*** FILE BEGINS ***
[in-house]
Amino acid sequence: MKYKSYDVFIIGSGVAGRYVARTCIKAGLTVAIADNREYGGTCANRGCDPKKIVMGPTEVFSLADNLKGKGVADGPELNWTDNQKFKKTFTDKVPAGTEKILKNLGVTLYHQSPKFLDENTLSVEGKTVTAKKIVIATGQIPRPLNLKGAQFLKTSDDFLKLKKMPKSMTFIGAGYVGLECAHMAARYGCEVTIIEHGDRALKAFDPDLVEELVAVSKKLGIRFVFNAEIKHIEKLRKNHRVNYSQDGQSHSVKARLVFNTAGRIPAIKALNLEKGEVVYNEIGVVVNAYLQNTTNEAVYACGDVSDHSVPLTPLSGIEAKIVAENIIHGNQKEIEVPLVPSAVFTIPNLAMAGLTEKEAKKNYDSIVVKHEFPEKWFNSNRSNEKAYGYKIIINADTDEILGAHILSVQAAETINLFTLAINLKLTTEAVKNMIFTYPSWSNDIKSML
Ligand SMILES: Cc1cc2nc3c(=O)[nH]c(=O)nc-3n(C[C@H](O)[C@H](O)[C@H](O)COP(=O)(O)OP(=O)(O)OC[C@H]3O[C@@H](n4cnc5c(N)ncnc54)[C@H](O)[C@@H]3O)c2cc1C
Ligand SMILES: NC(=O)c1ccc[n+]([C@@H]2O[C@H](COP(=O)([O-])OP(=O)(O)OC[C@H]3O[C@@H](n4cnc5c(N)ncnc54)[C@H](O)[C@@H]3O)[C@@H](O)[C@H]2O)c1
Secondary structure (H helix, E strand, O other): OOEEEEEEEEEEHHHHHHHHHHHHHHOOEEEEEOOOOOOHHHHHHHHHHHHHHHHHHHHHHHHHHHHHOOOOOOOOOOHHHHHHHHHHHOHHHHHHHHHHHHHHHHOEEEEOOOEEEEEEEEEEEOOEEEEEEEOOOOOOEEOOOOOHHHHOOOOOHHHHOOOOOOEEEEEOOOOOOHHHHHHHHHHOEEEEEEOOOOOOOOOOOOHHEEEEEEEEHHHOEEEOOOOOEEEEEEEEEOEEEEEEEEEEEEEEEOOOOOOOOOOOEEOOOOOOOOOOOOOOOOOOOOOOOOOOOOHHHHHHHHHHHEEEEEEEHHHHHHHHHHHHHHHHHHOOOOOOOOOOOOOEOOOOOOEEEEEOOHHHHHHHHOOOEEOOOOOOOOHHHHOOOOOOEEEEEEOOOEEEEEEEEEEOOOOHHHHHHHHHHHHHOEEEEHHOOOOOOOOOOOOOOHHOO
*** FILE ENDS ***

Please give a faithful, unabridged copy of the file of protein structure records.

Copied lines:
[in-house]
Amino acid sequence: MKYKSYDVFIIGSGVAGRYVARTCIKAGLTVAIADNREYGGTCANRGCDPKKIVMGPTEVFSLADNLKGKGVADGPELNWTDNQKFKKTFTDKVPAGTEKILKNLGVTLYHQSPKFLDENTLSVEGKTVTAKKIVIATGQIPRPLNLKGAQFLKTSDDFLKLKKMPKSMTFIGAGYVGLECAHMAARYGCEVTIIEHGDRALKAFDPDLVEELVAVSKKLGIRFVFNAEIKHIEKLRKNHRVNYSQDGQSHSVKARLVFNTAGRIPAIKALNLEKGEVVYNEIGVVVNAYLQNTTNEAVYACGDVSDHSVPLTPLSGIEAKIVAENIIHGNQKEIEVPLVPSAVFTIPNLAMAGLTEKEAKKNYDSIVVKHEFPEKWFNSNRSNEKAYGYKIIINADTDEILGAHILSVQAAETINLFTLAINLKLTTEAVKNMIFTYPSWSNDIKSML
Ligand SMILES: Cc1cc2nc3c(=O)[nH]c(=O)nc-3n(C[C@H](O)[C@H](O)[C@H](O)COP(=O)(O)OP(=O)(O)OC[C@H]3O[C@@H](n4cnc5c(N)ncnc54)[C@H](O)[C@@H]3O)c2cc1C
Ligand SMILES: NC(=O)c1ccc[n+]([C@@H]2O[C@H](COP(=O)([O-])OP(=O)(O)OC[C@H]3O[C@@H](n4cnc5c(N)ncnc54)[C@H](O)[C@@H]3O)[C@@H](O)[C@H]2O)c1
Secondary structure (H helix, E strand, O other): OOEEEEEEEEEEHHHHHHHHHHHHHHOOEEEEEOOOOOOHHHHHHHHHHHHHHHHHHHHHHHHHHHHHOOOOOOOOOOHHHHHHHHHHHOHHHHHHHHHHHHHHHHOEEEEOOOEEEEEEEEEEEOOEEEEEEEOOOOOOEEOOOOOHHHHOOOOOHHHHOOOOOOEEEEEOOOOOOHHHHHHHHHHOEEEEEEOOOOOOOOOOOOHHEEEEEEEEHHHOEEEOOOOOEEEEEEEEEOEEEEEEEEEEEEEEEOOOOOOOOOOOEEOOOOOOOOOOOOOOOOOOOOOOOOOOOOHHHHHHHHHHHEEEEEEEHHHHHHHHHHHHHHHHHHOOOOOOOOOOOOOEOOOOOOEEEEEOOHHHHHHHHOOOEEOOOOOOOOHHHHOOOOOOEEEEEEOOOEEEEEEEEEEOOOOHHHHHHHHHHHHHOEEEEHHOOOOOOOOOOOOOOHHOO